Iran's foreign minister cautioned the United States against striking militarily beyond Afghanistan in the fight against terror, saying Friday the Islamic world would oppose attacks against Muslim nations. 

"There is no excuse to justify any military operation against any Islamic country," Iranian Foreign Minister Kamal Kharrazi told a news conference in Pakistan's capital, Islamabad.

The statement came amid growing concerns among Muslim countries that after its fight in Afghanistan was over, Washington might attack Saddan Hussein's regime in Iraq or another Islamic nation accused of supporting of terrorism.

"If any country ... attacks another country just with allegations, this would be a chaos," Kharrazi said. "Nobody in the Islamic world or outside the Islamic world would accept this."

Shiite Muslim Iran is a staunch opponent of Afghanistan's mainly Sunni Muslim Taliban and waged a bitter war against Iraq in the 1980s.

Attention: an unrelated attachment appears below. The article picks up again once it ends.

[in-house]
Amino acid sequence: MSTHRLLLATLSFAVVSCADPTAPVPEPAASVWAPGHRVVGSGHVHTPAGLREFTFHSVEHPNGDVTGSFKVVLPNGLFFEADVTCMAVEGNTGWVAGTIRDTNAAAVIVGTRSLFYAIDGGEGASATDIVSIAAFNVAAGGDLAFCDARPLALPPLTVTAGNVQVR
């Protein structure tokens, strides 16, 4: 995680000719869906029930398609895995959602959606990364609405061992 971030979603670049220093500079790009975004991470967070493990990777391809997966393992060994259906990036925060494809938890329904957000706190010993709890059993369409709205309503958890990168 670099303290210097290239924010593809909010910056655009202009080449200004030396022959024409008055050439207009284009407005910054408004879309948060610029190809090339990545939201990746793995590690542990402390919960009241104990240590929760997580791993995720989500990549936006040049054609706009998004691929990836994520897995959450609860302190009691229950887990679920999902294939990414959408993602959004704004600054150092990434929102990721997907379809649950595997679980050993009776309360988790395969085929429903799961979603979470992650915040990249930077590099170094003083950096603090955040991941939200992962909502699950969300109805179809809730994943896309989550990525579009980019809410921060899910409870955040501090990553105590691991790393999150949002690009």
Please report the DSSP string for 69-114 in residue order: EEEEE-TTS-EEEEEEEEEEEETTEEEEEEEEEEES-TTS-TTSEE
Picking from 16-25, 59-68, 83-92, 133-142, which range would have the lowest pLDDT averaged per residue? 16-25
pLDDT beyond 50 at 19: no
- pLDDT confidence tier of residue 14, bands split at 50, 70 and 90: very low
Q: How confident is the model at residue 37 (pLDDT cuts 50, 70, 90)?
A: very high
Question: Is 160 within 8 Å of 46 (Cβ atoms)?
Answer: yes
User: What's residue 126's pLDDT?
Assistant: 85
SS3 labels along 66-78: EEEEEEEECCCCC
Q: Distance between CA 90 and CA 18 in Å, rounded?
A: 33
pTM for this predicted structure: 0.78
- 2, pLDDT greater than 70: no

It supports the U.S.-led campaign against terrorism. But, unlike some other countries in the region, it has not opened its military bases or airspace to U.S. forces operating in Afghanistan.

Pakistan's Foreign Minister Abdul Sattar said the United States had made no sign that it would strike militarily at other countries. Even so, he said that "terrorism cannot be equated with Islam."

The ministers from Pakistan and Iran said they supported U.N.-sponsored talks now being held in Germany with rival Afghan factions to promote a broad-based, multiethnic government.